I love the adventure of long traditional climbs and I enjoy going to indoor walls with friends for fun and exercise. Occasionally I’ve made the effort to push my lead grade but 6a is my indoor all-time best and the rare VS outside.
In winter it’s too cold to climb outside, and it’s tempting to hibernate until springtime, when real climbing can begin again. But recently my indoor climbing has improved a little and that has given me an idea. What if I set myself a winter challenge? It might lift my spirits enough to see me through until spring.
Before long I’ve told all my friends about my new objective:
40 6a indoor leads before the end of March
Clean. No falls, no dogging, no resting on the rope. From now on, visits to the wall will be about more than socialising and top-roping a few 5’s!
I start at Amersham. A warm up on a couple of fives and then onto my challenge. ‘The White’. Confidently I heave up onto the first hold, lose my balance, grab for another, and end up back on the floor. That didn’t go very well! I try again and this time I struggle up as far as a little overhang just below mid-height. This involves a strenuous pull-up on my weak right arm. Exhausted, I give up and let my climbing partner have a go. He fares better; resting on the rope several times before making it to the top. Challenge lost. For now.
Next day; Reading Climbing Centre. This is where my Scouting friends go most weeks. I can’t find them and I console myself on the auto-belays.
As I’m about to leave, I bump into them at the far end of the hall. Soon I have a belayer and set my sights on a nice looking route that goes up and over an arch on tiny footholds with an empty space below. Thrilled by the sense of exposure, I nervously tiptoe above the void using the top lower offs as runners. Triumphantly I reach the finish and am lowered into space. “That’s probably the easiest 6a in the world,” I think. “But it counts!”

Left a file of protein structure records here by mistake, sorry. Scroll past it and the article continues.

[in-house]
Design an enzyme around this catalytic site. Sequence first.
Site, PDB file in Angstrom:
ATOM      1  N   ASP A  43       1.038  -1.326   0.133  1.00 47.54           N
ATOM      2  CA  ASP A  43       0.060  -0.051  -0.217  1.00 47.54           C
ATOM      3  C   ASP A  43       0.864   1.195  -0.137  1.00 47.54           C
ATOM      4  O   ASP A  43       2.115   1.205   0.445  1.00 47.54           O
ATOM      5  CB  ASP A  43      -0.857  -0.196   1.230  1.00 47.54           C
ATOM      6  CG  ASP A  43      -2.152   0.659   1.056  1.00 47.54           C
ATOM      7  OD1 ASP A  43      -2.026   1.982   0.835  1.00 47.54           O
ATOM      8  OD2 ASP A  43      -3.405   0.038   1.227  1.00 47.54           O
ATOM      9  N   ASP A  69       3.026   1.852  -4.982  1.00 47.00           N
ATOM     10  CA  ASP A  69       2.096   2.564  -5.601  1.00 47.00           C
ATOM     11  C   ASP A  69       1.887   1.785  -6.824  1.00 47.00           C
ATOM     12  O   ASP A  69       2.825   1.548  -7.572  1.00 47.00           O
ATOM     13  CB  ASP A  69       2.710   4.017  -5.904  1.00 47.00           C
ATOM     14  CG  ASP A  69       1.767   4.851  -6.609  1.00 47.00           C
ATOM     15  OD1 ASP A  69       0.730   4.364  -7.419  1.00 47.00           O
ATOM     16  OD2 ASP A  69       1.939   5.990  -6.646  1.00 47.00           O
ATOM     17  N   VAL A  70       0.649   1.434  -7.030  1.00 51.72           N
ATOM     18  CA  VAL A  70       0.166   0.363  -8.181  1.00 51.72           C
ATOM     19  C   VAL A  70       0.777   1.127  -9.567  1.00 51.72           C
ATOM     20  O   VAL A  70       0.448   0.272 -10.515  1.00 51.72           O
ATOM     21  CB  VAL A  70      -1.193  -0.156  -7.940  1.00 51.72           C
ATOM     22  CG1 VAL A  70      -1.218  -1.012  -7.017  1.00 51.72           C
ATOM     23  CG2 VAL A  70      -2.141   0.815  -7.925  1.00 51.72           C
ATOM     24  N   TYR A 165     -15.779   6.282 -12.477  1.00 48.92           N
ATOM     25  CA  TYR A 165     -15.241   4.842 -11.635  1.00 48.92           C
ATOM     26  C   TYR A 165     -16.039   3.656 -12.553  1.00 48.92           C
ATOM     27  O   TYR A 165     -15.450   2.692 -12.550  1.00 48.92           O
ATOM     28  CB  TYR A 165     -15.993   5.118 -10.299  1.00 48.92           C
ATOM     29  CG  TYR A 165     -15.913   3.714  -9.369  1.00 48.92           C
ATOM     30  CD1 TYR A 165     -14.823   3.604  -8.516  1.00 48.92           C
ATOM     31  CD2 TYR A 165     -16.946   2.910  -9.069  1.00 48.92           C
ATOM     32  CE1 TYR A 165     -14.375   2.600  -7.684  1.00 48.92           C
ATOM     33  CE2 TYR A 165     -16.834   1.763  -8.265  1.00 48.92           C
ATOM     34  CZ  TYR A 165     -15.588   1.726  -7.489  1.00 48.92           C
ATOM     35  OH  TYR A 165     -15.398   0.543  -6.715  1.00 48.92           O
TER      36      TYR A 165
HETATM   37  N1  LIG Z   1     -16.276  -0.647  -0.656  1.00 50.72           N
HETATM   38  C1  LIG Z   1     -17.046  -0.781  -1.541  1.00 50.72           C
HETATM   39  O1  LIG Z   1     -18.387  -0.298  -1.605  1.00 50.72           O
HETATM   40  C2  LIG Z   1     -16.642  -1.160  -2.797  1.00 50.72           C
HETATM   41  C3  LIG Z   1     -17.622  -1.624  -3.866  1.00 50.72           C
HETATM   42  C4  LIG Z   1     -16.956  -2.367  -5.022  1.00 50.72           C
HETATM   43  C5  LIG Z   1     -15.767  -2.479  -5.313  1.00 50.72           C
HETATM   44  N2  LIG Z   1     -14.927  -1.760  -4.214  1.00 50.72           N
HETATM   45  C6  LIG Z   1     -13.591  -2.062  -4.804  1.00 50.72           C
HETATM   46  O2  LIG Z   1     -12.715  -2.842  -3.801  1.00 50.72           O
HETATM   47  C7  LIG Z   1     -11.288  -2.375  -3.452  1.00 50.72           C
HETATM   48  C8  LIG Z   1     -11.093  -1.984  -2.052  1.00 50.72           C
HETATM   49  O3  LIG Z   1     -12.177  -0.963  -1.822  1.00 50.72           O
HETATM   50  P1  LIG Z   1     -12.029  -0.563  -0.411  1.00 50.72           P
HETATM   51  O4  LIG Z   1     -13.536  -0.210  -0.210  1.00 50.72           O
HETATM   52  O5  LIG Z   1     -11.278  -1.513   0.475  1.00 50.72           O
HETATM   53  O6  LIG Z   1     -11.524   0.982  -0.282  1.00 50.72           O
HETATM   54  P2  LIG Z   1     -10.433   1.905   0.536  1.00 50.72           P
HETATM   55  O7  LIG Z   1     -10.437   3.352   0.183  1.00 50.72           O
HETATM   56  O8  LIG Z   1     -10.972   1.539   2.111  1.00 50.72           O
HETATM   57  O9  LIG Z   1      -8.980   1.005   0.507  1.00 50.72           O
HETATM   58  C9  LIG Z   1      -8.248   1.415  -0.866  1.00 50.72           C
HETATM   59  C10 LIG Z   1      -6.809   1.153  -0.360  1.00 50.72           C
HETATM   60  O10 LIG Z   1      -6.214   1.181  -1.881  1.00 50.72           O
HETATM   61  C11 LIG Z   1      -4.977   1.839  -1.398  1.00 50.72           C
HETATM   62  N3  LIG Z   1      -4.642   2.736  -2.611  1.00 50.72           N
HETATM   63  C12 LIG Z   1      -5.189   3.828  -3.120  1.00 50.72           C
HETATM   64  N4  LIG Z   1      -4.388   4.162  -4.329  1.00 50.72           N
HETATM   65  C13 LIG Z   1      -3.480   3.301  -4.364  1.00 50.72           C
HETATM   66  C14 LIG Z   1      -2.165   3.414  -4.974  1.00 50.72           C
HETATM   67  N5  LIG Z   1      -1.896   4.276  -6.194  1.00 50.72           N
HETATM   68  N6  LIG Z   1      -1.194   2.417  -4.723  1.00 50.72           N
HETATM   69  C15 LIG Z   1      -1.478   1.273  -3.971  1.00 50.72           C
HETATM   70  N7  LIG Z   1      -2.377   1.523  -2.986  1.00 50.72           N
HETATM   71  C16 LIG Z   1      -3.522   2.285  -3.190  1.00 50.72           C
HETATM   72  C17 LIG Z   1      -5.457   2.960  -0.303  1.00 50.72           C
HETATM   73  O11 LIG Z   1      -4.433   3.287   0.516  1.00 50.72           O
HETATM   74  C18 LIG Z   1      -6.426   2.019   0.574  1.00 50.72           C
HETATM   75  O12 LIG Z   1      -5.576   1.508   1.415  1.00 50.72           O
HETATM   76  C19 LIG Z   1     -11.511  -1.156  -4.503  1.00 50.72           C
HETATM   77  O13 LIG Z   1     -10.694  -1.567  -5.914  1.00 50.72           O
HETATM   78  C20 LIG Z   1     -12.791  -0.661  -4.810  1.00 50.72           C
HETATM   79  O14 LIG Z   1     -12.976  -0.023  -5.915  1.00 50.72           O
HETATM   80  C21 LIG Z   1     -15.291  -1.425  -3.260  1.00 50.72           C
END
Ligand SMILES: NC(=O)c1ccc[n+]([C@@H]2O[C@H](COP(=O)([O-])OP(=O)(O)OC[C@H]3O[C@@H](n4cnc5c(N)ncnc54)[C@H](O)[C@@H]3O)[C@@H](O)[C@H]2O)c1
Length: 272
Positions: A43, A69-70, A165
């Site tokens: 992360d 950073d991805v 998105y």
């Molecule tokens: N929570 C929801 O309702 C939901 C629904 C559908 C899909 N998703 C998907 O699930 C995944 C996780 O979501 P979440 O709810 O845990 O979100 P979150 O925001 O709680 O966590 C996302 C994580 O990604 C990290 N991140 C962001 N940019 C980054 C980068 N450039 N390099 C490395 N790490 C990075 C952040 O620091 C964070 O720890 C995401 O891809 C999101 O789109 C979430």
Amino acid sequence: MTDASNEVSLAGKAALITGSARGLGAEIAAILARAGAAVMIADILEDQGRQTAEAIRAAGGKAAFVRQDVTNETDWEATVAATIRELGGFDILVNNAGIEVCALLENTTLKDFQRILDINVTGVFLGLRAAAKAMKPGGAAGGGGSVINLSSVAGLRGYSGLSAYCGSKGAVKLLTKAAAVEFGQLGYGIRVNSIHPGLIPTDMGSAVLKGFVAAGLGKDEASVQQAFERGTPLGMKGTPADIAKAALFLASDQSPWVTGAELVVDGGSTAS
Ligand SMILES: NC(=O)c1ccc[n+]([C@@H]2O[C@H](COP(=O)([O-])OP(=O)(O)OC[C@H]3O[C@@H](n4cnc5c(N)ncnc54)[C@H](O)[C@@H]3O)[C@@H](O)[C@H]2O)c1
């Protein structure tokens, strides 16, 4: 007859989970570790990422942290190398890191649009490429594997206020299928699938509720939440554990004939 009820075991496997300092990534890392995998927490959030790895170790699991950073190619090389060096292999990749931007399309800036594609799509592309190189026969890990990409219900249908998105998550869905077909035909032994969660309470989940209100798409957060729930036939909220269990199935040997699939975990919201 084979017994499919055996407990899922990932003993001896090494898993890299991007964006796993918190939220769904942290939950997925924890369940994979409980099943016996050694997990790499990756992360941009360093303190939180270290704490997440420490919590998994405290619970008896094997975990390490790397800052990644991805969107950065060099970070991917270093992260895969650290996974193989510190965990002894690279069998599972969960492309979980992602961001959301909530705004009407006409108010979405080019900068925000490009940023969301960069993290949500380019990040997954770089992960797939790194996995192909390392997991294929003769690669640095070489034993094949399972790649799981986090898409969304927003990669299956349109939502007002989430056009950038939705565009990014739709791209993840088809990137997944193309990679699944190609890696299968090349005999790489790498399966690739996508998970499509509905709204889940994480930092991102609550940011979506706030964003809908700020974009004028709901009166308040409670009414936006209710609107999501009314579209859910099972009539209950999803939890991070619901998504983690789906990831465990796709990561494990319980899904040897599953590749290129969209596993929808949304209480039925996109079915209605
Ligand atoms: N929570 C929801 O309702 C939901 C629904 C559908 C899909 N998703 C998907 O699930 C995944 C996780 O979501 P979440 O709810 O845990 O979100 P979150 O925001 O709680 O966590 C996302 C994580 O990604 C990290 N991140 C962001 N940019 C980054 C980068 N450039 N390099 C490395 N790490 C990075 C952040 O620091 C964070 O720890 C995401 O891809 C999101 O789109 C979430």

Early November and I’ve just spent the weekend hiking in the Peak District with my outdoor training group. The weather has been poor and I’ve scuttled over to Manchester keen to carry on with my challenge. I’ve persuaded an old friend to belay me and we head off to Awesome Walls. After a warm-up on a 5, I set my sights on my next 6a. It’s a disaster. By one-third height I’m resting on the rope and by half-way I’m exhausted. Disappointed I come back down.
I’m doubtful I can lead anything here now and this is confirmed when I bottle out halfway up the sandy coloured holds on the right wall of the elevated section.
I take a rest and belay as my friend glides up the harder, higher routes on the back wall. There’s a red 6a in the middle of this wall, and I think, “what the hell” and give it a go. Surprisingly it’s not too bad and before long I reach the first lower off. I decide that the rules are ‘this counts’ and I come down, pleased to have made my second conquest.
A neat little corner climb follows and now I’ve done three! It’s becoming obvious that strenuous routes are my problem, but that’s OK. I can work on them.
Ten days into the challenge…
Ten days into my challenge and I’ve managed to lead six 6a’s but I’m still failing on the sandy-coloured route in Stockport and ‘The White’ at Amersham.
I’ve made a good start. Maybe, just maybe, I could consider doing my Climbing Wall Development Instructor (CWDI) award next year. I check the criteria. I’m supposed to have logged sub-6a leads and belaying leaders on routes. I must have done hundreds of those over the years – I don’t log how many baths I’ve had either!
I have a lot of questions about the award and email for answers. They send me back a cut and paste of the criteria. RTFM. Annoyed, I consider dropping the whole CWDI idea. I’m doing the 6a challenge for me; not for anyone else!
The next day I’m thinking about things a bit differently. People often ask me about the ML Scheme, which I’ve taught in the past. “What counts as a quality day?” “Does my trek in Norway count?” I reply that the guidelines are not there as a tick list; they are to to give you an idea of the experience and enthusiasm needed to get the most out of the training and be a great leader in the future. The CWDI is the same. Just enjoy the climbing.
By Alison Stockwell